The latest Field poll on Prop 19, by the way, shows a 49 - 42 percent majority in favor of legalizing a drug less toxic and anti-social than alcohol. The Public Policy Polling one before that showed 47 percent in favor and 38 percent against. But any initiative polling below 50 percent is vulnerable, and the most striking thing about all the polls is the sharp increase in undecideds since the spring. 

In April only 3 percent weren't sure what they thought; now that number is 15 percent, suggesting that opponents have had some success in sowing doubts about the impact of the change. Men back legalization much more than women; and the generation gap - surprise! - is huge: 74 percent of those under 34 are for it, compared with only 39 percent of the over-65s. African-Americans are the strongest supporters (but not that far ahead of whites); and the biggest backers by party are Independents (followed closely by Democrats). The Republicans, as on marriage equality, are the outliers.

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United States - Legality of cannabis - Drugs - Health - Illegal

The Daily Dish | By Andrew Sullivan

Sep 10

Medical Marijuana and Peer Review Science

Something a little strange about this study.
American Thinker Blog

Sep 10

Marijuana Legalization Initiative Leading In California Polls

California has long been known for unique, and controversial ballot initiatives, but there’s one on the ballot this year that is likely to get a lot media attention over the next five weeks, and even more attention if it passes. Proposition 19 would effectively legalize the possession and sale of marijuana, and would authorize the state and California localities to tax and regulate it in the same manner that they do alcohol. The proposition itself is not all that surprising given California’s history over the past fifteen years of significantly liberalizing the drug laws as it relates to marijuana, starting first in 1996 with Proposition 215, which opened the floodgates on state laws allowing possession of marijuana for medical purposes, and continuing with Proposition 36 which essentially made most people convicted of non-violent drug possession eligible for probation rather than incarceration. On some level then, an effort at complete legalization was the natural next step in a process in California that reflects a general attitude among the populace that marijuana use just isn’t a very big deal.

So far at least, it’s looking very much like Prop 19 will pass:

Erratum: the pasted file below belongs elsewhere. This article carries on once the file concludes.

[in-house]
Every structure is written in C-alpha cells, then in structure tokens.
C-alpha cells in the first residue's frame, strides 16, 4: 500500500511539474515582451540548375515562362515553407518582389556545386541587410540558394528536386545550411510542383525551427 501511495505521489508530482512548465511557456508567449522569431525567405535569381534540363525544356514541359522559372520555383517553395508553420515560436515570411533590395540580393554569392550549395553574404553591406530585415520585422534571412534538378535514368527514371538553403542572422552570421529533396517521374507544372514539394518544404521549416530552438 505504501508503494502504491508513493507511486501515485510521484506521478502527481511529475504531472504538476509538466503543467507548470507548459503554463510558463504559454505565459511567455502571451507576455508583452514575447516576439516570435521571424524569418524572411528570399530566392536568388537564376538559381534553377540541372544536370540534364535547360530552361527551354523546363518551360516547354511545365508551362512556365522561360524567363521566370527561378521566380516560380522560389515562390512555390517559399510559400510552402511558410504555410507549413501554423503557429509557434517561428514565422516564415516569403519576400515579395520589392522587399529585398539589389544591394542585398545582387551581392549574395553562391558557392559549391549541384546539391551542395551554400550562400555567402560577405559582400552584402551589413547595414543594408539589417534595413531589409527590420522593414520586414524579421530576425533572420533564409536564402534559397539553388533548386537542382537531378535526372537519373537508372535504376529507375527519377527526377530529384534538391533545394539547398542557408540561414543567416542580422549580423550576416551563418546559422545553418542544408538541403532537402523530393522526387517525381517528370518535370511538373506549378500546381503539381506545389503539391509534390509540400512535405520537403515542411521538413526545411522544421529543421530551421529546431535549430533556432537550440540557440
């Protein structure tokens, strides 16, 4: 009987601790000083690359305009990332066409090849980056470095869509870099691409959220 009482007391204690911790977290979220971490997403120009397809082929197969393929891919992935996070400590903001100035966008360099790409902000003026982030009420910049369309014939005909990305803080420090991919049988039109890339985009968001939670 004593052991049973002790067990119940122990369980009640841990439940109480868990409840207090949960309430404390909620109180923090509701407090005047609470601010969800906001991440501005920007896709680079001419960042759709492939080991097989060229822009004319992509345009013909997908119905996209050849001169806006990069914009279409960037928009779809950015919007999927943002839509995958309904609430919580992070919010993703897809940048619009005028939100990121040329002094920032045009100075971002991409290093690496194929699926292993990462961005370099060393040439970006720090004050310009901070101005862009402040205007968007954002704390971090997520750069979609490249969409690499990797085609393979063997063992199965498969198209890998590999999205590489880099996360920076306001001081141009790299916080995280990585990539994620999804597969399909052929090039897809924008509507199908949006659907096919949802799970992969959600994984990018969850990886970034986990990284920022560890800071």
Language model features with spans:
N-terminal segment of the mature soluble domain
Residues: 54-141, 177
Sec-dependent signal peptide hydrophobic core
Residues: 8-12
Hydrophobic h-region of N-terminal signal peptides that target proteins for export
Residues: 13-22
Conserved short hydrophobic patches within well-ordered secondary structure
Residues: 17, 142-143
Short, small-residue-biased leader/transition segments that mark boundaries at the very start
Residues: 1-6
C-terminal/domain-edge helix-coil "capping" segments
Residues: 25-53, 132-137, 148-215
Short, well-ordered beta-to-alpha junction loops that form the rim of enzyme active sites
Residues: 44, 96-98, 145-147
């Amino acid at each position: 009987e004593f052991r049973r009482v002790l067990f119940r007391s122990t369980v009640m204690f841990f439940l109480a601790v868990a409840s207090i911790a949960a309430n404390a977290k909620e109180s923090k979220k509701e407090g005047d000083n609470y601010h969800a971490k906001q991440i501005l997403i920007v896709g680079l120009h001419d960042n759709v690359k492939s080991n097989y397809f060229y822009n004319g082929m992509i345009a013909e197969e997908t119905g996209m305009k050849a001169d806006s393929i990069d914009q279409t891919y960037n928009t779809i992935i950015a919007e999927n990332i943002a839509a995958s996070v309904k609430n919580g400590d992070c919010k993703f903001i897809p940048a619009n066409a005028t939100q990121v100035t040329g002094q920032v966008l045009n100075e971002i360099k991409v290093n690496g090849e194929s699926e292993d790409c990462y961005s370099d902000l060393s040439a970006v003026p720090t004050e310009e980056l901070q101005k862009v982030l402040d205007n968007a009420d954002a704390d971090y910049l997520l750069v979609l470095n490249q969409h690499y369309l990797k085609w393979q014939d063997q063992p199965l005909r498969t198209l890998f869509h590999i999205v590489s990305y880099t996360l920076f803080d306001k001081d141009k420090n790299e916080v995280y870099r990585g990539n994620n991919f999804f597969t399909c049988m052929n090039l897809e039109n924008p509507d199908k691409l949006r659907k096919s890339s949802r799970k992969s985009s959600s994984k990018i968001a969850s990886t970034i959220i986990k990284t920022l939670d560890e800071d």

The ballot initiative Proposition 19, which would legalize, tax and regulate marijuana in California, still leads by nine points in the latest poll from PPP:

PPP (PDF) (9/14-16)
Proposition 19 would legalize marijuana under California but not federal law. It would permit
local governments to regulate and tax commercial production, distribution, and sale of
marijuana. Will you vote yes or no on Proposition 19?
Yes 47%
No 38%
Undecided 14%

The good news is that Yes on Prop 19 still has that fairly large nine-point margin over No on Prop 19. This is larger than we saw in the most recent SurveyUSA poll, which found it 47 percent yes -43 no.

The one caveat, of course, is that Yes is polling under 50%, which is essentially the same place that the No vote on Proposition 8 was polling in the weeks leading up to the 2008 election. So, it’s still entirely possible that the legalization initiative will fail, and one group is putting a lot of money into making sure that it does:

The California Beer & Beverage Distributors is spending money in the state to oppose a marijuana legalization proposition on the ballot in November, according to records filed with the California Secretary of State. The beer sellers are the first competitors of marijuana to officially enter the debate; backers of the initiative are closely watching liquor and wine dealers and the pharmaceutical industry to see if they enter the debate in the remaining weeks.

The irony of the alcohol industry opposing an initiative to legalize marijuana is, I am sure, not lost on anyone. It is, roughly, the equivalent of the gambling industry opposing the opening of horse tracks and off-track betting, and on some level a recognition of the fact that there really isn’t any functional equivalent between the two products other than the fact that one happens to be illegal.

One of the more interesting things about Prop 19, though, is the fact that it may actually be helping undercut the enthusiasm gap that Democrats are facing in the rest of the nation:

One thing that’s interesting about the marijuana polling is that it really doesn’t break down along party lines to the same extent most of the things we poll do. 56% of Democrats support it to 28% opposed and 30% of Republicans support it with 57% opposed. That’s a lot more division within the ranks of both parties than we’re seeing on a lot of stuff.

A big question to contemplate in California is whether the marijuana initiative is helping to stifle the enthusiasm gap Democrats are dealing with in most other states, particularly when it comes to intended turnout from young voters. We’re seeing a much higher level of interest in this election from voters under 45 in California than in most places and those folks are highly favorable toward Proposition 19, planning to vote for it by a 54/34 margin.

Because of the fact that it is influencing who is going to be a Likely Voter on Election Day, the presence of Prop 19 on the ballot may explain at least in part why Barbara Boxer remains competitive against Carly Fiorina, and why Jerry Brown remains within the Margin of Error against Meg Whitman.

This will be worth watching as the weeks go on, but as it stands now it’s very likely that California will become the first state in the country to completely legalize marijuana. To me, that’s a positive development that will hopefully start a trend.

Graphic Credit: Opposing Views

Outside the Beltway

Sep 10

Obama administration’s quiet reversal on marijuana raids


When Barack Obama took office, his administration promised to revisit the marijuana-enforcement policies of the Bush administration, especially on drug raids in states with limited legalization.  If they have changed anything, it hasn’t been to stop the raids, but they have made one significant change: the Department of Justice has stopped talking about them.  The [...]